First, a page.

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Everyone’s always looking for a better deal, aren’t they? Hey, better deals are closely related to the pursuit of happiness, which is, after all, one of our nation’s founding principles.

So why is it that outsourcers and their customers are always so proud to announce really long deals—deals of seven, eight, even 10 years—that are probably longer than most marriages last? The only reason I can think of is that it makes a more impressive press release. Otherwise, it makes little sense to be tied to one outsourcer for so long.

Indeed, it appears that once customers sign these deals, they want them to be shorter. A recent Meta Group study found that although 80 percent of organizations will outsource at least one function by next year and 70 percent of that group will renew their contracts, many will cut back the scope and duration of the deal when they renew. The main reason is that customers find they need to regain control of their IT strategy and architecture, according to Dane Anderson, a Meta Group analyst.

“When contracts come up, customers re-evaluate. Often, user companies have rushed into contracts. When architecture and strategy have been outsourced in megadeals, people have discovered that they should keep these things in-house,” said Anderson.

Not only are companies wont to change the scope of the deal, but they are also likely to swap outsourcers the first chance they get. Anderson noted that JPMorgan Chase once had a deal with Computer Sciences Corp. but jilted CSC last year and switched to IBM Global Services. Now, Anderson said, JPMorgan Chase is bringing some aspects of the IBM deal back in-house.

In another example of customer fickleness, Dow Chemical dumped EDS and flew into the arms of IBM Global Services, signing a seven-year agreement (will they never learn?) with Big Blue earlier this month.

The deal, worth an estimated $1 billion and encompassing 63 countries, covers LANs, WANs, voice and video communications. IBM will also provide e-mail for more than 50,000 Dow employees and contractors and support for 2,800 servers.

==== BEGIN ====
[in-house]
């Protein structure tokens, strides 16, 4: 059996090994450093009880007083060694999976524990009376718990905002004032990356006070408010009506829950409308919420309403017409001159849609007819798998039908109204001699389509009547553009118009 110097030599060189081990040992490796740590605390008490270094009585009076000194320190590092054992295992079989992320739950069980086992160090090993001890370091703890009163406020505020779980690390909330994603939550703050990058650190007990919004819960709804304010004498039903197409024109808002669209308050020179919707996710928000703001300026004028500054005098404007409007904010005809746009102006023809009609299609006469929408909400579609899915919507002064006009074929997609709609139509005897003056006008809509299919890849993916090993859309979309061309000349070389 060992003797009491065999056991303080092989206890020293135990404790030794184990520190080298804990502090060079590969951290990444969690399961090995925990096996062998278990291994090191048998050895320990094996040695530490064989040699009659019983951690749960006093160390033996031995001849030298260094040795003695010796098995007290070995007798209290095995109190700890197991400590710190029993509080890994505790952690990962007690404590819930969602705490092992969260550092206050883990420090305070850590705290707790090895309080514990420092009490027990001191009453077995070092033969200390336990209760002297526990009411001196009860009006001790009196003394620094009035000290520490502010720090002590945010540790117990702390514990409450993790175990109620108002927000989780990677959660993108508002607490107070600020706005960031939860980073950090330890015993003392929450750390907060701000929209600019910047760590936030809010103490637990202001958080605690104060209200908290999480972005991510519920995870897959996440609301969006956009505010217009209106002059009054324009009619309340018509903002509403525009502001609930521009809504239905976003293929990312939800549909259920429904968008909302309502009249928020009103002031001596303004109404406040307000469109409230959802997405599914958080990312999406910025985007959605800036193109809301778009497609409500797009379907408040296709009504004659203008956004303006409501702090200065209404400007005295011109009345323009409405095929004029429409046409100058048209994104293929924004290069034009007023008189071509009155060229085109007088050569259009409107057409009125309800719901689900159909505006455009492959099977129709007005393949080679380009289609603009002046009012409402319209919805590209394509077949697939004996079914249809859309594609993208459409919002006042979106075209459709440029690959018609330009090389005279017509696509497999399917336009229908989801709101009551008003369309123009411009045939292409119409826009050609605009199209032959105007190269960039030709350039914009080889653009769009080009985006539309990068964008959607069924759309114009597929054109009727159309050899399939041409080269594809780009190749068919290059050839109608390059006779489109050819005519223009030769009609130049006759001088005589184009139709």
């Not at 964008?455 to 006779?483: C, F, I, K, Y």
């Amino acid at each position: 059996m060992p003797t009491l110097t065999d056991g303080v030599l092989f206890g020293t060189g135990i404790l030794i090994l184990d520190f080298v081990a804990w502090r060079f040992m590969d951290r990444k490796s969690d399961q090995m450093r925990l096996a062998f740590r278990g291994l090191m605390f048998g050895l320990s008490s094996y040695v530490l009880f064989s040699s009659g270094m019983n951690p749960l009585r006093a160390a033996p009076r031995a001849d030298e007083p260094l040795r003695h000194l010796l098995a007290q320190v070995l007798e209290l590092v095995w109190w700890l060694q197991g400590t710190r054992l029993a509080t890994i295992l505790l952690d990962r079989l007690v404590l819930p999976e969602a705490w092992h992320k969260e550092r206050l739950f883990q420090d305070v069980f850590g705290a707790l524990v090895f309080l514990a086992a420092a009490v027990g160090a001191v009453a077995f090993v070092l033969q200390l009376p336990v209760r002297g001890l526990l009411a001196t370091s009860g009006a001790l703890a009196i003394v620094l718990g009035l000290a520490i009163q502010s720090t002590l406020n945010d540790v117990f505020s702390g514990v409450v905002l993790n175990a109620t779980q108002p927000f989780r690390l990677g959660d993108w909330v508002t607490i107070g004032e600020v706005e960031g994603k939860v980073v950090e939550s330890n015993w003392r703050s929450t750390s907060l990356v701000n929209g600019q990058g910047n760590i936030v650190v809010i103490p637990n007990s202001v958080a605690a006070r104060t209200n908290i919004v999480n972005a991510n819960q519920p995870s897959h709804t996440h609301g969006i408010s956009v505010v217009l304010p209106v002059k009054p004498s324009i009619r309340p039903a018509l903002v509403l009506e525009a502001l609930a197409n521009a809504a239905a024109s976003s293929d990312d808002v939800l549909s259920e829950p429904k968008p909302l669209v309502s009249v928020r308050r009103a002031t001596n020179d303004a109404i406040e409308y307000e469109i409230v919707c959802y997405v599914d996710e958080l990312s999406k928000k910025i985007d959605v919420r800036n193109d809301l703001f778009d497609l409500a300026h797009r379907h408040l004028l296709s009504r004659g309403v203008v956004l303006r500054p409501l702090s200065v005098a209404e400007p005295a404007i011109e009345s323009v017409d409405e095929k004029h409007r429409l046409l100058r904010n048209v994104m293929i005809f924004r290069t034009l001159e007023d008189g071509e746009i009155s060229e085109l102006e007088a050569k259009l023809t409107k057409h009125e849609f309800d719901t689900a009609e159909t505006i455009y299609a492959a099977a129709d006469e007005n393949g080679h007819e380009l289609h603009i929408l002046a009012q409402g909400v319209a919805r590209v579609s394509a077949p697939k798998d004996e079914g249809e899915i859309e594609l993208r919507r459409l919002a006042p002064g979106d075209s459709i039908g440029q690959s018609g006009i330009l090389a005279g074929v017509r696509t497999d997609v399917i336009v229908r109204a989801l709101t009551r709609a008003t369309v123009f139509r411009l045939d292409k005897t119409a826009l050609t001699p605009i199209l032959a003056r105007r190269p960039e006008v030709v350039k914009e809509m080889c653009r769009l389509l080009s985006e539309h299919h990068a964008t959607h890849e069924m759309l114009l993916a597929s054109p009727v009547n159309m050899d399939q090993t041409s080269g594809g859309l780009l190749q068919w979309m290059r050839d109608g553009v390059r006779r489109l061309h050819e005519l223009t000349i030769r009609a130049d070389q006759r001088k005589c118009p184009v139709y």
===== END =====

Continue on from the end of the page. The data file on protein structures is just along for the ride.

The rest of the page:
Next Page: The Navy’s venture into outsourcing waters.

When talk turns to large, long-term deals, the Navy Marine Corps intranet contract with EDS inevitably comes up. After the first seven years, the contract calls for an optional extension of three years. But to continue as the outsourcing provider, a contract provision calls for EDS to cut its charges to the Navy by 15 percent.

Capt. Chris Christopher, deputy director of the NMCI office, told me that figure was estimated based on anticipated technology improvements that would lead to greater efficiency and therefore lower costs, a sort of Moore’s Law factor, if you will. But based on reports of how much money EDS is losing on the deal, it’s difficult to imagine the giant integrator will be able to match that figure.

Click here to read why all eyes are on Navy Marine Corps’ intranet project.

Christopher said he’s looking forward to a time when the Navy will be able to compare the known performance of EDS with bids from other providers. As it is, he cannot compare EDS’ performance with that of the Navy before the contract—IT governance was that chaotic.

As far as EDS is concerned, the company is trying to make the best of a bad situation. Earlier this month, the company announced it will consolidate and host several legacy Navy applications from an EDS-run facility. This will lower EDS’ costs considerably because the contract requirement that it take over and run those legacy applications had apparently been a huge cash drain for EDS.

So far, the NMCI-EDS contract is showing that if your hands are tied, a little flexibility can go a long way.

Out and about

The U.S. National Archives and Records Administration is building an electronic archive and has selected two companies, Lockheed Martin and Harris, to compete for the final design. A year from now, the National Archives will select the winner to build the Electronic Records Archives, which will capture electronic information regardless of its format and save it permanently. Lockheed Martin will be paid $9.5 million for its work in the competition, and Harris will be paid $10.6 million.

Stan Gibson can be reached at

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